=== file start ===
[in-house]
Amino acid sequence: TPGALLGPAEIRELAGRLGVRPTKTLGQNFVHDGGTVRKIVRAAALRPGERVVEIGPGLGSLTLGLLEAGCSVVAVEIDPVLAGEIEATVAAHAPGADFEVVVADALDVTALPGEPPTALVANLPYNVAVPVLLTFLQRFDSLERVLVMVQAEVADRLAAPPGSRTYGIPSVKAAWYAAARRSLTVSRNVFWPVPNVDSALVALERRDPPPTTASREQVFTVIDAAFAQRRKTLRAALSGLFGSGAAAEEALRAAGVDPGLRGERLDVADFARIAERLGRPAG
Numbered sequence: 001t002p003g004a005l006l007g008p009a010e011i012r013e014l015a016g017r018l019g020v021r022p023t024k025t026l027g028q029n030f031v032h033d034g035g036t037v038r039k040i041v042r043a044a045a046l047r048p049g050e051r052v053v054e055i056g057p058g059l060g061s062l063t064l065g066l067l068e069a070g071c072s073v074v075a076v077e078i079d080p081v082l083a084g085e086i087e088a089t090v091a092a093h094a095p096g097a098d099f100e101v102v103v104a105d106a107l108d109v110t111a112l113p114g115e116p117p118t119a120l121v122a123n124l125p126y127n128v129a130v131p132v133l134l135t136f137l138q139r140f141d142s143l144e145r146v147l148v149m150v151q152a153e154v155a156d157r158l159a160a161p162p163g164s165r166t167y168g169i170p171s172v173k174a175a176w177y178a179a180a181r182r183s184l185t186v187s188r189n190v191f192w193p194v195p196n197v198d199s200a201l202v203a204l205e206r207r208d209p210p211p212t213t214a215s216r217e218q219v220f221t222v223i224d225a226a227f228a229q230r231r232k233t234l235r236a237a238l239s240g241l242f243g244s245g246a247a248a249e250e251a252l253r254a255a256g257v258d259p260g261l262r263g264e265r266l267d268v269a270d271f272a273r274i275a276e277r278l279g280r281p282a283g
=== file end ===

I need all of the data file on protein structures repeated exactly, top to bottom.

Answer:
[in-house]
Amino acid sequence: TPGALLGPAEIRELAGRLGVRPTKTLGQNFVHDGGTVRKIVRAAALRPGERVVEIGPGLGSLTLGLLEAGCSVVAVEIDPVLAGEIEATVAAHAPGADFEVVVADALDVTALPGEPPTALVANLPYNVAVPVLLTFLQRFDSLERVLVMVQAEVADRLAAPPGSRTYGIPSVKAAWYAAARRSLTVSRNVFWPVPNVDSALVALERRDPPPTTASREQVFTVIDAAFAQRRKTLRAALSGLFGSGAAAEEALRAAGVDPGLRGERLDVADFARIAERLGRPAG
Numbered sequence: 001t002p003g004a005l006l007g008p009a010e011i012r013e014l015a016g017r018l019g020v021r022p023t024k025t026l027g028q029n030f031v032h033d034g035g036t037v038r039k040i041v042r043a044a045a046l047r048p049g050e051r052v053v054e055i056g057p058g059l060g061s062l063t064l065g066l067l068e069a070g071c072s073v074v075a076v077e078i079d080p081v082l083a084g085e086i087e088a089t090v091a092a093h094a095p096g097a098d099f100e101v102v103v104a105d106a107l108d109v110t111a112l113p114g115e116p117p118t119a120l121v122a123n124l125p126y127n128v129a130v131p132v133l134l135t136f137l138q139r140f141d142s143l144e145r146v147l148v149m150v151q152a153e154v155a156d157r158l159a160a161p162p163g164s165r166t167y168g169i170p171s172v173k174a175a176w177y178a179a180a181r182r183s184l185t186v187s188r189n190v191f192w193p194v195p196n197v198d199s200a201l202v203a204l205e206r207r208d209p210p211p212t213t214a215s216r217e218q219v220f221t222v223i224d225a226a227f228a229q230r231r232k233t234l235r236a237a238l239s240g241l242f243g244s245g246a247a248a249e250e251a252l253r254a255a256g257v258d259p260g261l262r263g264e265r266l267d268v269a270d271f272a273r274i275a276e277r278l279g280r281p282a283g